In addition to confirming the well-publicized high antioxidant ranking of such foods as cranberries and blueberries, the researchers found that Russet potatoes, pecans and even cinnamon are all excellent, although lesser-known, sources of antioxidants, which are thought to fight cancer, heart disease and Alzheimer's. The study appears in the June 9 print edition of the Journal of Agricultural and Food Chemistry, a peer-reviewed publication of the American Chemical Society, the world's largest scientific society.
It’s very important with Cinnamon, Clove and Turmeric to not overdo it…too much Cinnamon is toxic in high doses and in high doses is also bad for the kidneys/liver (Ceylon Cinnamon is better than Cassia Cinnamon in this regard), too much Clove can burn the esophagus and be hard on the stomach lining and too much Turmeric is a blood thinner (so extra important to back off a week or 2 before any surgeries) and can exacerbate acid reflux. Turmeric also requires pepper and oil for the beneficial antioxidants to be absorbed into the body. It may be best to use these spices in “spice” quantities and not use as a supplement…a pinch, or an 1/8 t. or per the measurements called for in a recipe.
You probably know that a candy bar or can of soda aren’t exactly healthy, but you might not be aware of how exactly their sugar content is affecting your body. And while a treat every once in a while is perfectly OK, daily consumption has been shown to have pretty significant negative health outcomes. A study at the University of California San Francisco found that drinking a 20-ounce soda on a daily basis was equivalent to 4.6 years of cell aging, the same as smoking cigarettes—and this cell aging has previously been linked with a shorter human lifespan. The things that happen to your body when you stop eating sugar, on the other hand, are beneficial to your health.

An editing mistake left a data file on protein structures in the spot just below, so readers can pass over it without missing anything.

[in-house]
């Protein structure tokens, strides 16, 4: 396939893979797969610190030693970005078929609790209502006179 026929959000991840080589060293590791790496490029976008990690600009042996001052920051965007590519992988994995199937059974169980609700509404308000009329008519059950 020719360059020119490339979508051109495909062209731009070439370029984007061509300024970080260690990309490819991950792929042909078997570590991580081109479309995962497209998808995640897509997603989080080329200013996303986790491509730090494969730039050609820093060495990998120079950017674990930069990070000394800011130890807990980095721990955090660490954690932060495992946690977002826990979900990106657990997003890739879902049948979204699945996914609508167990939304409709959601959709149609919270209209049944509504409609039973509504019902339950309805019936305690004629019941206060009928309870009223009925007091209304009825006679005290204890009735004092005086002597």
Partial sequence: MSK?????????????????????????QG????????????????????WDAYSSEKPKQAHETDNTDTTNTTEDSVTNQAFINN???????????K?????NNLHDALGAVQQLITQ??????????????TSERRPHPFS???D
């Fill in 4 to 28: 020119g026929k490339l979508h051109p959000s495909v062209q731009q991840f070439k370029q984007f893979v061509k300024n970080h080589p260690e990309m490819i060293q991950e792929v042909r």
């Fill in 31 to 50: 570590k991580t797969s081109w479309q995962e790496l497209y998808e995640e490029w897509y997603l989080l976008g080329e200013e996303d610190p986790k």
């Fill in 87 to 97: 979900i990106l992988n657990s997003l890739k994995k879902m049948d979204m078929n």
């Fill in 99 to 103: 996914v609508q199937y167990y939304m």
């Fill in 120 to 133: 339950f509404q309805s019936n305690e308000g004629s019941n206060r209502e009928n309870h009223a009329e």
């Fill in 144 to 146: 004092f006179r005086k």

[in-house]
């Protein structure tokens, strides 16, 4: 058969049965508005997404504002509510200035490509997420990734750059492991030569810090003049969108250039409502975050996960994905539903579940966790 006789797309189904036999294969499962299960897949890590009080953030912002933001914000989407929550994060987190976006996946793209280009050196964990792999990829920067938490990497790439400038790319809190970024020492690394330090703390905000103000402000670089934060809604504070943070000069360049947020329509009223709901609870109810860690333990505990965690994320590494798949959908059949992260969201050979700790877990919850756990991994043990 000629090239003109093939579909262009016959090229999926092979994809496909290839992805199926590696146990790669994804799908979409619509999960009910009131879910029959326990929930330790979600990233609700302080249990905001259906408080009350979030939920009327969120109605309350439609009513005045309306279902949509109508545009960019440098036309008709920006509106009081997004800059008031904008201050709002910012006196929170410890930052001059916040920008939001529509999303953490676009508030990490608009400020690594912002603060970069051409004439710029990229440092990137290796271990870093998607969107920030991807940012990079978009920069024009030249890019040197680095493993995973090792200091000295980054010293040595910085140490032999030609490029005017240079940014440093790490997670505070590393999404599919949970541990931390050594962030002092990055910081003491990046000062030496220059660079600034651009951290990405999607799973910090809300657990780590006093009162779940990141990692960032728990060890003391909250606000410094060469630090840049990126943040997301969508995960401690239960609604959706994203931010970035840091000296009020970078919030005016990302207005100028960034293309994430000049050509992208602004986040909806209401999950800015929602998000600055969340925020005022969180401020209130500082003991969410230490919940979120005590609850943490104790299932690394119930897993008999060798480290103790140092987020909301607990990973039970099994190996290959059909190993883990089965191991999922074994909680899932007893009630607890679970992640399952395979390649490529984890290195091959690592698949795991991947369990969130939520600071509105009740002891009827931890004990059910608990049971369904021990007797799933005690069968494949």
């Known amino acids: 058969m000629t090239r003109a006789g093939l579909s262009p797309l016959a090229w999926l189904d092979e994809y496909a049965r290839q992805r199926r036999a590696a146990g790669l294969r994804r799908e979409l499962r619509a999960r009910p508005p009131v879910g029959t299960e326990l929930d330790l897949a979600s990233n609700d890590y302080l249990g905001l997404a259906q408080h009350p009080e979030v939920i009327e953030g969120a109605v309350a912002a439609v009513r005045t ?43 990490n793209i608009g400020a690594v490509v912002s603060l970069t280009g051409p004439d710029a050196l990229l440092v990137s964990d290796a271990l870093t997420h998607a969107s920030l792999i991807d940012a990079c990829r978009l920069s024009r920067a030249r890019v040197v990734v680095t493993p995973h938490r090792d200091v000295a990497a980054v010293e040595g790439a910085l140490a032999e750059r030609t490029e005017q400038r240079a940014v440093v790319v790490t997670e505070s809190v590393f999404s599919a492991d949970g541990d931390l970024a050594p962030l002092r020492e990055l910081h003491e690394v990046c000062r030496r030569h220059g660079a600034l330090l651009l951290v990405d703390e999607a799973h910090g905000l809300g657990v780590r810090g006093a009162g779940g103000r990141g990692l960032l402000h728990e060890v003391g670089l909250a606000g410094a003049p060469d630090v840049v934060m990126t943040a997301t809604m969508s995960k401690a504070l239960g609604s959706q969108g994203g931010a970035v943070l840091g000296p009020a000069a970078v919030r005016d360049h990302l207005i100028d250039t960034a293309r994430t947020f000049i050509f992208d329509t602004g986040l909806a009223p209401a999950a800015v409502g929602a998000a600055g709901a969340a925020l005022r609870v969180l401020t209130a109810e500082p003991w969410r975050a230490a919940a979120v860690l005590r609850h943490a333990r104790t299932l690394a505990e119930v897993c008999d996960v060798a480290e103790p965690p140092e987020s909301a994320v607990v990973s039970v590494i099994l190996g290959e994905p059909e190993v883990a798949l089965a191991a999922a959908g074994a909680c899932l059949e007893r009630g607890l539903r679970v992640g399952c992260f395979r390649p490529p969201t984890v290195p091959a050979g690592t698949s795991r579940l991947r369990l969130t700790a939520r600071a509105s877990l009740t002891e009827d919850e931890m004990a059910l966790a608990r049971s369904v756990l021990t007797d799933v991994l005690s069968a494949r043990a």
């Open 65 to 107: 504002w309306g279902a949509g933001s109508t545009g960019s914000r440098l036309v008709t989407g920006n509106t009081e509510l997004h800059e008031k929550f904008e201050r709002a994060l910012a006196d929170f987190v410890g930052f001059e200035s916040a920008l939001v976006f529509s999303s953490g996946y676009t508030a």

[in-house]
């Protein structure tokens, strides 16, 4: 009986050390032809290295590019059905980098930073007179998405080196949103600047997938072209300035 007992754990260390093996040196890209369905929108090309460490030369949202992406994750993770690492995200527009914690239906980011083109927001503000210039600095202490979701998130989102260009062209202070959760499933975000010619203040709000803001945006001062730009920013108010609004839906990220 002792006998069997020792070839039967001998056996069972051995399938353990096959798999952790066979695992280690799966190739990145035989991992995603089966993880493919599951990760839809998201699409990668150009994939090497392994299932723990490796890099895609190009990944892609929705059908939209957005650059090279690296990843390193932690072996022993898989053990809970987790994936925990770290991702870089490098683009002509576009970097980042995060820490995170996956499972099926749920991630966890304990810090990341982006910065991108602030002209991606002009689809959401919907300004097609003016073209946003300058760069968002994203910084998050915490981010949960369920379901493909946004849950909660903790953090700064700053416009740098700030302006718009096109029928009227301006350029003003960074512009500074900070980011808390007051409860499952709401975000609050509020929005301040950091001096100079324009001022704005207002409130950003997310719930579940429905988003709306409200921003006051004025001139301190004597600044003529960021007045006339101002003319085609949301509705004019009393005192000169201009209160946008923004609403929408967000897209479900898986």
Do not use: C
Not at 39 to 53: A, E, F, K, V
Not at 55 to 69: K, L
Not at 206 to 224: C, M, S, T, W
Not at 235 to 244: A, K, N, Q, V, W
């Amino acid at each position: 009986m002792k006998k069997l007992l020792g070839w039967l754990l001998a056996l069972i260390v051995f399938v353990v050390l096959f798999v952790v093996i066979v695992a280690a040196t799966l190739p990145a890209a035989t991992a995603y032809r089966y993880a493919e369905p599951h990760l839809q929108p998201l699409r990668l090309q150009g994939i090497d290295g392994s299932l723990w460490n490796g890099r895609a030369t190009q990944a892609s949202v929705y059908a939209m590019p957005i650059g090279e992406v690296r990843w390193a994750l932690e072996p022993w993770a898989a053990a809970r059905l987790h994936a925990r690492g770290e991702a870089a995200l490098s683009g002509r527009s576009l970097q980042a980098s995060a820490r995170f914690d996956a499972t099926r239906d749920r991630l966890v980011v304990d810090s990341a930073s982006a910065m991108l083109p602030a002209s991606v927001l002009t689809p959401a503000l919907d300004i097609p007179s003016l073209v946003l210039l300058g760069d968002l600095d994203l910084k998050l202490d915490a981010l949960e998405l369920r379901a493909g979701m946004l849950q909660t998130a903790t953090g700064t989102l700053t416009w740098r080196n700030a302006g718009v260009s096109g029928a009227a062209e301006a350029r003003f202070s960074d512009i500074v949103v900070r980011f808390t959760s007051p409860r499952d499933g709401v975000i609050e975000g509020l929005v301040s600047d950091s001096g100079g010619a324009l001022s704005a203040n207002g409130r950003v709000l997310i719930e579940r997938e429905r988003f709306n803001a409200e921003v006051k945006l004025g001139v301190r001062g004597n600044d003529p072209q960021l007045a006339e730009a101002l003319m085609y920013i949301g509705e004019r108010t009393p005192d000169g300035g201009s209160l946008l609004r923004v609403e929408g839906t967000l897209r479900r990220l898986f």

While we all like to indulge once in a while, foods that quickly affect blood sugar contribute to a greater risk of obesity, heart disease, and diabetes.1 Emerging research also suggests connections between these high-glycemic diets and various forms of cancer.2,3,4 These effects are often a result of added sugars working in your body, so be sure to read those nutrition labels.
Along the way, the benefits of dark chocolate have pushed its popularity. You’ve probably seen dark chocolate listed among “must-eat healthy foods” in compilations written by various nutrition experts. Yet depending on how it’s made, dark chocolate also can be high in calories, fat, sugar, and preservatives. So, what’s the real deal? Is dark chocolate healthy?